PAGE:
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Housetraining Puppies & Dogs

Are you dealing with a pooping puppy? Or a urinating Yorkie? Don’t give up on Fido just yet!  Here are some ways you can deal with your housetraining woes:

1. Schedule a veterinary exam

  • If your dog suddenly begins having “accidents” or if you have been unsuccessful at housetraining, contact a veterinarian right away. Resolving health issues may resolve the problem.
  • Intact males may be marking, in which case neutering can help significantly (not to mention the added health benefits of neutering).

2. Understand normal dog behavior

  • Never rub a dog’s nose in urine or feces, or punish a dog for an “accident.” This will teach your dog to fear you, and he may hide when he has to “go.”
  • It is not instinctive for dogs to relieve themselves outside; it is only natural for them to not go where they sleep. Everyplace else is fair game!
  • You must be patient. Regardless of whether you have a puppy or have recently adopted an adult, the dog will not automatically understand the routine in your house or know where the door is. It is up to you to train your dog.

3. Get started

  • Recommended reading: Way to Go! How to Housetrain a Dog of Any Age by Karen London and Patricia McConnell
  • Decide on a special treat that your puppy/dog will only get when after pooping or peeing outside.
    • Keep the treats handy (near the door) every single timeyou take the dog out.
    • Treats should be small (about the size of your pinky fingernail), and you will need at least three to five treats for each potty break.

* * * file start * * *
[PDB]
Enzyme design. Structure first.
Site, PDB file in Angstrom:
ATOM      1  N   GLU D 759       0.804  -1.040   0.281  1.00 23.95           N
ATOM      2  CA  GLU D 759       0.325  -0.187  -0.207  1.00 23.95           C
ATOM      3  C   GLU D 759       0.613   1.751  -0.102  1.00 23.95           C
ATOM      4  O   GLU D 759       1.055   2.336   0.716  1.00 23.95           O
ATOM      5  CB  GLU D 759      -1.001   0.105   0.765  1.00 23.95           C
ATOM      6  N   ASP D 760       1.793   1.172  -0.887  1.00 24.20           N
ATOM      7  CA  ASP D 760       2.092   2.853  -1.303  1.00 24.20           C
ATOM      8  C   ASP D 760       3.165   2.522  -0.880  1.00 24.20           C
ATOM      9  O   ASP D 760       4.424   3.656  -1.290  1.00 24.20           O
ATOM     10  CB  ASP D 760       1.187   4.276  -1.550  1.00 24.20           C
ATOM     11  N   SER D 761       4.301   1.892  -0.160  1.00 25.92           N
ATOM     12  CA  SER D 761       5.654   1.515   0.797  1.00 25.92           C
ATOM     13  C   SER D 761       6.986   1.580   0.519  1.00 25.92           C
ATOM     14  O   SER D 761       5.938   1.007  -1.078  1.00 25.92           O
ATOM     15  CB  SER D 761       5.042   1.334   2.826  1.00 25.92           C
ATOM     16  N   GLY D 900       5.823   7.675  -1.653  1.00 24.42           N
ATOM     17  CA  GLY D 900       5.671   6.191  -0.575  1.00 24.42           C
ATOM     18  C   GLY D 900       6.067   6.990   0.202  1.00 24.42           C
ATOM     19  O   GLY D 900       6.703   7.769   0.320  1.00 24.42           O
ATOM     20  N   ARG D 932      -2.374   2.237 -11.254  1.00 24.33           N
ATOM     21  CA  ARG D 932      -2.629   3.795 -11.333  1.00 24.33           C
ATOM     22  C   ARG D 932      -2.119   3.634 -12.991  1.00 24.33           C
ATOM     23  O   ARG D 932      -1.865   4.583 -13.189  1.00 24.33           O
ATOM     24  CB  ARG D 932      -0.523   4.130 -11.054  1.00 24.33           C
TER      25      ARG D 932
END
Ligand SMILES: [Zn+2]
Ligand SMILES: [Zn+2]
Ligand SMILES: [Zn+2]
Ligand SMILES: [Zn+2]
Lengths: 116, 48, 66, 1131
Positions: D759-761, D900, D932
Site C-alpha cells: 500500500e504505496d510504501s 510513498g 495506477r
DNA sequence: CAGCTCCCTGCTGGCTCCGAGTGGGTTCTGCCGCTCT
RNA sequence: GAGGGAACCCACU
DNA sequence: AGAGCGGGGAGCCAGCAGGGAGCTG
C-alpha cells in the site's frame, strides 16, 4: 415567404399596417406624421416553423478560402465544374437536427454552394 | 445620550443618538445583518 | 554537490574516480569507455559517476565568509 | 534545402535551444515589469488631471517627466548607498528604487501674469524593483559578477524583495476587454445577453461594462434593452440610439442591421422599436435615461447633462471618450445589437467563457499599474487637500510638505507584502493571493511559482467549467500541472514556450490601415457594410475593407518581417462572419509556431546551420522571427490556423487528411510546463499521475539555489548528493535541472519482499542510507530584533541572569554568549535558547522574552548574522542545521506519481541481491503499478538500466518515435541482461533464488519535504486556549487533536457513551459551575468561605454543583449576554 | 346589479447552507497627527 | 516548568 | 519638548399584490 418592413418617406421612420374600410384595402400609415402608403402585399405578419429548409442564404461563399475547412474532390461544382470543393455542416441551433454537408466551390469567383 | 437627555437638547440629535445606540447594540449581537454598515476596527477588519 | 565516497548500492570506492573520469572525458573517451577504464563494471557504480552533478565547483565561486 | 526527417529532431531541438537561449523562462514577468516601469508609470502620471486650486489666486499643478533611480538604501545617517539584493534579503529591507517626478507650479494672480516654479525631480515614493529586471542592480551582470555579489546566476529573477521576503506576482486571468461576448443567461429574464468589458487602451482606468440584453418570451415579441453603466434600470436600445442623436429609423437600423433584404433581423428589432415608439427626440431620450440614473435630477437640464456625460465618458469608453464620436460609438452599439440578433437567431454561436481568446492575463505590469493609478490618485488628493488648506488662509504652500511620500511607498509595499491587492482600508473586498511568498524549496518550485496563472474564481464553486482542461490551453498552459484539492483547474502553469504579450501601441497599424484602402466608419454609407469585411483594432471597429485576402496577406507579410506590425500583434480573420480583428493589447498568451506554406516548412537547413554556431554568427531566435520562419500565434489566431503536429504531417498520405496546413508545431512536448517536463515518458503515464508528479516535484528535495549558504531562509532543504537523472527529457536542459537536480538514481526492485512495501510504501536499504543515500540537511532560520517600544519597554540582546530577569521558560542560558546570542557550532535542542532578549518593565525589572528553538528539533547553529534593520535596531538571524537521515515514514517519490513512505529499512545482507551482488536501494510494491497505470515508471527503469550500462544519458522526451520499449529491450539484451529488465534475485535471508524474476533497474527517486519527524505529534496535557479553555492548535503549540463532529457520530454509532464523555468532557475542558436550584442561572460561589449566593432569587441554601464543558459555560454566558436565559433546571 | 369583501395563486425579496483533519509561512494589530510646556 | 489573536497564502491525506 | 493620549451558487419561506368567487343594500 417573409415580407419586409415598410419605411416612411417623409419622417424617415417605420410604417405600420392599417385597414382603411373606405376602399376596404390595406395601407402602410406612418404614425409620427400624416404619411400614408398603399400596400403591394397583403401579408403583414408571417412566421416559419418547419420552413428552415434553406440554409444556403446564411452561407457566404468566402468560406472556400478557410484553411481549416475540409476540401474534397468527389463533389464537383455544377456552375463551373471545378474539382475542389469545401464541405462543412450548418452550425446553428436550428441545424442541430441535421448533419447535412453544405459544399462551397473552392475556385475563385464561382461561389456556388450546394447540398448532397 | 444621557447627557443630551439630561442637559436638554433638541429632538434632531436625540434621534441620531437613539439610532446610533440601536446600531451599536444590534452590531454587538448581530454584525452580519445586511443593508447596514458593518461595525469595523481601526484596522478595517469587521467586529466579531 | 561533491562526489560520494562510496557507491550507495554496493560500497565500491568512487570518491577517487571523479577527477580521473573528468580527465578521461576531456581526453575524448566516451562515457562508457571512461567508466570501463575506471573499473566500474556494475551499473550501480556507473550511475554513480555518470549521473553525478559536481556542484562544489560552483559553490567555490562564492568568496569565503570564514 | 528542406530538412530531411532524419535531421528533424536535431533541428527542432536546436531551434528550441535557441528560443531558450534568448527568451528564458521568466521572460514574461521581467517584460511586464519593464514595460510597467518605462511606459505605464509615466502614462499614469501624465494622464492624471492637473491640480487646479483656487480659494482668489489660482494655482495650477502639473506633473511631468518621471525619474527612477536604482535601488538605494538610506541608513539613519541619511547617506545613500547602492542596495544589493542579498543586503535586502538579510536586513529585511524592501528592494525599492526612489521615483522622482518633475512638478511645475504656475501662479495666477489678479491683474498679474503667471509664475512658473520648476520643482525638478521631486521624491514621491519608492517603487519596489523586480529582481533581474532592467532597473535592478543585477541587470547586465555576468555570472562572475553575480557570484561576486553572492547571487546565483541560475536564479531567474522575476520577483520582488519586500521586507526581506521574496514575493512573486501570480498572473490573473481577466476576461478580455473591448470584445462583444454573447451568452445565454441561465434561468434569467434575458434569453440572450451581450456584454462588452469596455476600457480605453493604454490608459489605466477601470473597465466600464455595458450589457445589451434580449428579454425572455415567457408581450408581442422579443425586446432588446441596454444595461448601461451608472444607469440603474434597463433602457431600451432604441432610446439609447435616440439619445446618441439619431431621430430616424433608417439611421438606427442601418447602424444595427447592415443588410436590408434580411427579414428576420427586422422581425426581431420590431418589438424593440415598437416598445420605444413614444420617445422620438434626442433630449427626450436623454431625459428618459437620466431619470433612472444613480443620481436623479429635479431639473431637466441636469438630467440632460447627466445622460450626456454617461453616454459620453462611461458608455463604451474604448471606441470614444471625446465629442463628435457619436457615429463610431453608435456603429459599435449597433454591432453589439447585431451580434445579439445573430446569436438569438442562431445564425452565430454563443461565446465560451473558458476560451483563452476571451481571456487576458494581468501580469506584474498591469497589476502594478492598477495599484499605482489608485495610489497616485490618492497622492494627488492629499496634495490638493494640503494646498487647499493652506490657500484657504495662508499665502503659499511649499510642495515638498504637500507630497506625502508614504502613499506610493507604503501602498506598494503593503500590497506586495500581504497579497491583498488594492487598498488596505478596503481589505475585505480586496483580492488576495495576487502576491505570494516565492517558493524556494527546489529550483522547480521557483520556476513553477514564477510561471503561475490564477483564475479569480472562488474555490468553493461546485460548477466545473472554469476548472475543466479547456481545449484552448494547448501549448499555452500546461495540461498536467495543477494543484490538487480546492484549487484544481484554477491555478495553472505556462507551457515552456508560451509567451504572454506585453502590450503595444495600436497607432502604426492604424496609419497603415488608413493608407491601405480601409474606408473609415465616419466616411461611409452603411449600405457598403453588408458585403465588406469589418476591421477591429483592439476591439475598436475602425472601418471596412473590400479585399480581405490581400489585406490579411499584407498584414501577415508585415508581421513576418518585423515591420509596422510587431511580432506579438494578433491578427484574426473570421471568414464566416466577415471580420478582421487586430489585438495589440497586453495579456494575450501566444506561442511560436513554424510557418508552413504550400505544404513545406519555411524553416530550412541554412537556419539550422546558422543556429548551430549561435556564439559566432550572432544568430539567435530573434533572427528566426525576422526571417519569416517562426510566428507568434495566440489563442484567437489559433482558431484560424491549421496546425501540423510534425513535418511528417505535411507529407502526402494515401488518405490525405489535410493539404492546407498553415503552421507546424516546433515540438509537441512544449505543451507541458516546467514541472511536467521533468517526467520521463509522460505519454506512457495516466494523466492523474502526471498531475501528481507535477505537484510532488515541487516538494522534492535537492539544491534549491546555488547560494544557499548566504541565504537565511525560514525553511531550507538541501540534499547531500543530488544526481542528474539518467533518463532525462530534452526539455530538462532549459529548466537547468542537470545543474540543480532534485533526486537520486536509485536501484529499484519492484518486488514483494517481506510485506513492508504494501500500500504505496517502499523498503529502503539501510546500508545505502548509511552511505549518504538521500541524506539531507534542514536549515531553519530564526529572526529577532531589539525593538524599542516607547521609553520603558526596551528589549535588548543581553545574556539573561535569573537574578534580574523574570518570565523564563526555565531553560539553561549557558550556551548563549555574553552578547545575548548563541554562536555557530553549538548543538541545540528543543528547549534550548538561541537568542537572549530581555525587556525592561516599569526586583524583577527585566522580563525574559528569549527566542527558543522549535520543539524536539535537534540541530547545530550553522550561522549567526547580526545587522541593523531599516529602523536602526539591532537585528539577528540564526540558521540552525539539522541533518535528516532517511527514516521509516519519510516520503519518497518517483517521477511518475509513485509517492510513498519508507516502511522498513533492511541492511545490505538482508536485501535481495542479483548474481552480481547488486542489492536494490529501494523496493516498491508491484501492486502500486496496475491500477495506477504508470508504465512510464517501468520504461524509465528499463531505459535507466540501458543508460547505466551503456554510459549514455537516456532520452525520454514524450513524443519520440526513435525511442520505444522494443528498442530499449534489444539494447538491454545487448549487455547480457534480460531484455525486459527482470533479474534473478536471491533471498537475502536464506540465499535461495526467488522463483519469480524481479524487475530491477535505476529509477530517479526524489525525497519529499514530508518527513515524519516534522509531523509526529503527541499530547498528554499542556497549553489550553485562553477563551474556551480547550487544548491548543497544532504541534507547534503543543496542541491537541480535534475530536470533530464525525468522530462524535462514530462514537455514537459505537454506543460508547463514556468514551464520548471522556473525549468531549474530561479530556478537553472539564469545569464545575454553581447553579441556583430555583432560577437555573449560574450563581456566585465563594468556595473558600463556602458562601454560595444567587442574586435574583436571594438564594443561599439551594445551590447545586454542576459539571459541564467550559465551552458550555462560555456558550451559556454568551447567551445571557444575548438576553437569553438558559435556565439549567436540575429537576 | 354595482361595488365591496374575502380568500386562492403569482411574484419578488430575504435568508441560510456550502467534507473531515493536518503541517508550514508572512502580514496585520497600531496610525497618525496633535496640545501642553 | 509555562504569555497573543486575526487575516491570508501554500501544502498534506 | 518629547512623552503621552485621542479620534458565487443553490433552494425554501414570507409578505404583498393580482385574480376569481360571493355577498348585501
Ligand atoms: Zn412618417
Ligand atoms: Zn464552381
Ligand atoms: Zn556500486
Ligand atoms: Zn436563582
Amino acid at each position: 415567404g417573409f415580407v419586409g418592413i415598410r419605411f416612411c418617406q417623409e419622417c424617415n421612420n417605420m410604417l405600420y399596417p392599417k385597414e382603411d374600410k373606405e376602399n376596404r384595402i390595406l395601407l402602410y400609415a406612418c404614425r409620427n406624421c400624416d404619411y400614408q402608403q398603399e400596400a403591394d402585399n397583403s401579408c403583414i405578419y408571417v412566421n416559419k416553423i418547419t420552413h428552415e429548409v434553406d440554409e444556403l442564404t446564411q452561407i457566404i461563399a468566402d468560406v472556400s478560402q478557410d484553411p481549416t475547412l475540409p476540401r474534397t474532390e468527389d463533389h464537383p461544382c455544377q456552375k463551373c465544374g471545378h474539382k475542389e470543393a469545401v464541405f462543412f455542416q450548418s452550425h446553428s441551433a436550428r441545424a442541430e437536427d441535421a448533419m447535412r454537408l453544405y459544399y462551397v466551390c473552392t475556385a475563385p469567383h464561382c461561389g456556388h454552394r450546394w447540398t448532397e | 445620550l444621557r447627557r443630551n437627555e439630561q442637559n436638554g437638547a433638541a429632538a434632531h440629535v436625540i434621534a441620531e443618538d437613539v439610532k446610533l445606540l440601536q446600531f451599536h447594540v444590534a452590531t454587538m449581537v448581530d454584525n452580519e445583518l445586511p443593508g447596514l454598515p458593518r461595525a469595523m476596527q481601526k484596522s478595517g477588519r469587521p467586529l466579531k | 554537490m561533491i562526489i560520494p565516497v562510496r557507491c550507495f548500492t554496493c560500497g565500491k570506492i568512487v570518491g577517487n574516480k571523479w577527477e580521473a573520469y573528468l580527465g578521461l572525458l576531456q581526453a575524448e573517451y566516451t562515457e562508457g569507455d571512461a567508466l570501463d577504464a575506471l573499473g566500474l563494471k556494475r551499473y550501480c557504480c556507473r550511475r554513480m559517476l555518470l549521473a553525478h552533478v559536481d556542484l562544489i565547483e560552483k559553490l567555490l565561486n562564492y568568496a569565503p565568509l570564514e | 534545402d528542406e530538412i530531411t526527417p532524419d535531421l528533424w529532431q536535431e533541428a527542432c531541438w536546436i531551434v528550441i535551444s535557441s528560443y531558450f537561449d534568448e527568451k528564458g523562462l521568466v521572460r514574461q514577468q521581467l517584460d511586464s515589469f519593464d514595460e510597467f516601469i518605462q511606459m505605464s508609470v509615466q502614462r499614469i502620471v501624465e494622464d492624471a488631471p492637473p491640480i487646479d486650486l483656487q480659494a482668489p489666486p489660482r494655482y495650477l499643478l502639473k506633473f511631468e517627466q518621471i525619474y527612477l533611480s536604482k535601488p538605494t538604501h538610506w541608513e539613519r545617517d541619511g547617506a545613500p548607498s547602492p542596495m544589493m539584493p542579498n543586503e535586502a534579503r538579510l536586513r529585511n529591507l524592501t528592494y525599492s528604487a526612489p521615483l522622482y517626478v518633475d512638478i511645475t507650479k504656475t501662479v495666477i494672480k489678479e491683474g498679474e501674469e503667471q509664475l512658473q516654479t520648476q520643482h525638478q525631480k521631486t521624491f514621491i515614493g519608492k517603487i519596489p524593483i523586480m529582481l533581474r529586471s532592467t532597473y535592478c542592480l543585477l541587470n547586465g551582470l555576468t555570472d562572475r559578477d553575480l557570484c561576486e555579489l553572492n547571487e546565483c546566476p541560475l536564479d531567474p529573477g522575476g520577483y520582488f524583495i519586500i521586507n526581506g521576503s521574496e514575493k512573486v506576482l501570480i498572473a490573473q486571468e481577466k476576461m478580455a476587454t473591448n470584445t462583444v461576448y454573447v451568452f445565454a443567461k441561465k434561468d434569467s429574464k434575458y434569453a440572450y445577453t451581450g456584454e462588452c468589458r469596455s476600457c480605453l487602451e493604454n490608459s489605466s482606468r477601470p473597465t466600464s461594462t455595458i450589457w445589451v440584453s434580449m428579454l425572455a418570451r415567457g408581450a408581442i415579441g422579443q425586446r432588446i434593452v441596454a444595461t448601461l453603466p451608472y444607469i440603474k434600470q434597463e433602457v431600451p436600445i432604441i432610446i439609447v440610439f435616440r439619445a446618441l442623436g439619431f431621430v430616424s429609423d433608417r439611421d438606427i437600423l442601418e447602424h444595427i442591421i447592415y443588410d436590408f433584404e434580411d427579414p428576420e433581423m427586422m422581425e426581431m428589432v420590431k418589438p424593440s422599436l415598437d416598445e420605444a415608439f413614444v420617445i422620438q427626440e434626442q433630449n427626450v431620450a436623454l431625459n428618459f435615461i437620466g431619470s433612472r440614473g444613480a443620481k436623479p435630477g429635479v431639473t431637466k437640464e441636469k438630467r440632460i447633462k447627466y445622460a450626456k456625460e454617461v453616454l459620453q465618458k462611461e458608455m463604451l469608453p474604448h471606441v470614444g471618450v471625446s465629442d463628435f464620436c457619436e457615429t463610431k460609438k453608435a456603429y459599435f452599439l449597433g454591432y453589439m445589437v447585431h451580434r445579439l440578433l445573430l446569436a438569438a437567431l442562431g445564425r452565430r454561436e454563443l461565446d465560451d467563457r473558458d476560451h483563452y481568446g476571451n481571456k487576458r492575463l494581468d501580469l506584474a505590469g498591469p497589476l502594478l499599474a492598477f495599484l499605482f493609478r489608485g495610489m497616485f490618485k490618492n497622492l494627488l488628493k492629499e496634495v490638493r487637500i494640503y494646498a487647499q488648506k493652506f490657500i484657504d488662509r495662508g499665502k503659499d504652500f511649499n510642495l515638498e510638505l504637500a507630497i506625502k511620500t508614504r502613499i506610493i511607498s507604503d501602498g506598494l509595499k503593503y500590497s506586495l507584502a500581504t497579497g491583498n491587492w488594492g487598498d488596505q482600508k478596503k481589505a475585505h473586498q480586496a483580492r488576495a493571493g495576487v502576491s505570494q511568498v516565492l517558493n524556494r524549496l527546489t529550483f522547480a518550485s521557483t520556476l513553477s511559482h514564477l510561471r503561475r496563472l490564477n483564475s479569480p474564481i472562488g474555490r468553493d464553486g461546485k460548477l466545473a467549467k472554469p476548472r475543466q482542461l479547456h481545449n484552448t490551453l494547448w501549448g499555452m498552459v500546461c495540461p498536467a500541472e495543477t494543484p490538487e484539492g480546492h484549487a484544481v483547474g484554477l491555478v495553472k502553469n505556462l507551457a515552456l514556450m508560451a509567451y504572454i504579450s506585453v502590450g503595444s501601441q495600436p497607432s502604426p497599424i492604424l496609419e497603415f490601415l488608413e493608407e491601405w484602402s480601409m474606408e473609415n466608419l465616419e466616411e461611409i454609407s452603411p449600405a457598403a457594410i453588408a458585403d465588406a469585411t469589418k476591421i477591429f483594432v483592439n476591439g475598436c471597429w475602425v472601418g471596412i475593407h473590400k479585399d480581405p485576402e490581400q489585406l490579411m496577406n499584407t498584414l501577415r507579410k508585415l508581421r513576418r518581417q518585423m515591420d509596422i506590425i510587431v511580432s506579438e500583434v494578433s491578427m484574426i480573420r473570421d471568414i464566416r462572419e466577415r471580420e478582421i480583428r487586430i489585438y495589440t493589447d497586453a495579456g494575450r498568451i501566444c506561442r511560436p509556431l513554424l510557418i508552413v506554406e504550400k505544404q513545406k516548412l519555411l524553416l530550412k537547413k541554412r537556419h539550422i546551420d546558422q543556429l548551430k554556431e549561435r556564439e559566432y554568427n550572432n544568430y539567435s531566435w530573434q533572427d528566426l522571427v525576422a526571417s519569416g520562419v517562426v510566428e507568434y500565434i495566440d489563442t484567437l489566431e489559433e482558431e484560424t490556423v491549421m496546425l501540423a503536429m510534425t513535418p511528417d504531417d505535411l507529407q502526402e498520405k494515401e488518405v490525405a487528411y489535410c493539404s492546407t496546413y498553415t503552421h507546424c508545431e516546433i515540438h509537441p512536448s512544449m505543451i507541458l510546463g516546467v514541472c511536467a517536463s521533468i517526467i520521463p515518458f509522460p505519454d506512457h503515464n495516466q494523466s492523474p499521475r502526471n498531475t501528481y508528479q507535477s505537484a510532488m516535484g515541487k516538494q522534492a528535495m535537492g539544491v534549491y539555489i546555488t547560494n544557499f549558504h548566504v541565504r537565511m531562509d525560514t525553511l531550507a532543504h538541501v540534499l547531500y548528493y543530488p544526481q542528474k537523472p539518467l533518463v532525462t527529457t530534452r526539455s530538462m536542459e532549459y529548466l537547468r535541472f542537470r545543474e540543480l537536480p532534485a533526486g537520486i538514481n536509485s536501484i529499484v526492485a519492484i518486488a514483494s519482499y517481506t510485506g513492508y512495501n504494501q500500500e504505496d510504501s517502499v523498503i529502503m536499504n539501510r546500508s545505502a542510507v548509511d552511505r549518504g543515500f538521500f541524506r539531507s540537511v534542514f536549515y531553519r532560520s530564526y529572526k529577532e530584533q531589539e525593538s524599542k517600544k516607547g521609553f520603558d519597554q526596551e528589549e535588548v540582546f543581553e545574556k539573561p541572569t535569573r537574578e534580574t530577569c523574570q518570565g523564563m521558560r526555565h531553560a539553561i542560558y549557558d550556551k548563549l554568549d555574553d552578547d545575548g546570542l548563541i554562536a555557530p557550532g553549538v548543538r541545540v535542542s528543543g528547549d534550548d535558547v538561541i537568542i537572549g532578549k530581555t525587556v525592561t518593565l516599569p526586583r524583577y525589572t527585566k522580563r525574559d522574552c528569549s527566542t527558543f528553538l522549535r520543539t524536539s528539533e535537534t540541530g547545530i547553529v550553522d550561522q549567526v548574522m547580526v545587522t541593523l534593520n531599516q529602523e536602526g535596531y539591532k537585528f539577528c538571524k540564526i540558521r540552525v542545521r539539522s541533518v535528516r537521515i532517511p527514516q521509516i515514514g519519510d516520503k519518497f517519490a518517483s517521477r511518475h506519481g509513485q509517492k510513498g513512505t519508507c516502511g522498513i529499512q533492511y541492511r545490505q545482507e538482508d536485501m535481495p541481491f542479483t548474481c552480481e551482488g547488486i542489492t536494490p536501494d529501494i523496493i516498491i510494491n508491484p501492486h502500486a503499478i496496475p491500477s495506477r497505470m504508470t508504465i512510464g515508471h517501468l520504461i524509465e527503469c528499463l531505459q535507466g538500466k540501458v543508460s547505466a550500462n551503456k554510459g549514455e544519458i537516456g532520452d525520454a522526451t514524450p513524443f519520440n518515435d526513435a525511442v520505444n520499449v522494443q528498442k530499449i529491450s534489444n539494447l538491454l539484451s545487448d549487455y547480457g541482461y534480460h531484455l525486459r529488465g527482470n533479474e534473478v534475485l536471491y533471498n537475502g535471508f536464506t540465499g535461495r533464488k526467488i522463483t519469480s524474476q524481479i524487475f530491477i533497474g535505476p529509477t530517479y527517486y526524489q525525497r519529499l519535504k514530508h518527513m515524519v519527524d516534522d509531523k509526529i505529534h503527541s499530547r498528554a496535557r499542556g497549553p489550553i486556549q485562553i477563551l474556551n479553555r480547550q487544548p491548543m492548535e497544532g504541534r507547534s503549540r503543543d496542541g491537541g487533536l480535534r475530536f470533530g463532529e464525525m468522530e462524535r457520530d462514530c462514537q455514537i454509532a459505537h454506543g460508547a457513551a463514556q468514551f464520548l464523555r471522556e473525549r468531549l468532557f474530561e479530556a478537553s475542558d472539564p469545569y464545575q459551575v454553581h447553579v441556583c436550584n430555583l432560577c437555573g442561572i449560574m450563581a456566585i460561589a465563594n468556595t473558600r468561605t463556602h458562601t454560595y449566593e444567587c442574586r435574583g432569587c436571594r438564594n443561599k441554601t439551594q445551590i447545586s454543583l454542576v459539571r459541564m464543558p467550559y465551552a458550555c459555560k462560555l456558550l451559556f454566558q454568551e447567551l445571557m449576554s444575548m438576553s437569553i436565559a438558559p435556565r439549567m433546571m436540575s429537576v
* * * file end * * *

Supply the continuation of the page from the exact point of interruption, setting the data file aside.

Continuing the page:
4. Schedule your dog’s feedings

  • Always feed by schedule, rather than free feeding. Eating all day = pooping all day!
  • Get your dog on scheduled feedings:
    • Your veterinarian can help you determine the appropriate amount of food your dog needs and the number of feedings per day.
    • Remove any uneaten food after 20 minutes.
    • Do not offer the dog more food until the next scheduled meal.
    • Stick to it! The dog should be eating on schedule within one to four meals.

5. Clean up messes thoroughly

  • Dogs are attracted to return to spots where they urinated/defecated previously.
  • If you clean up just a little, the dog will be attracted to “refresh” the spot. If you clean thoroughly, there will be no attraction to go there again.
  • Pet urine is very difficult to get out, and standard household cleansers don’t cut it.
  • Rent or hire a carpet cleaner with special pet-urine enzymatic cleaner or use an enzymatic cleaner, such as Nature’s Miracle or Simple Solution, found in most pet supply stores or online.

Cleaning protocol:

  1. Saturate any dried spots with lukewarm water.
  2. Press the area with paper towels until there is no more moisture.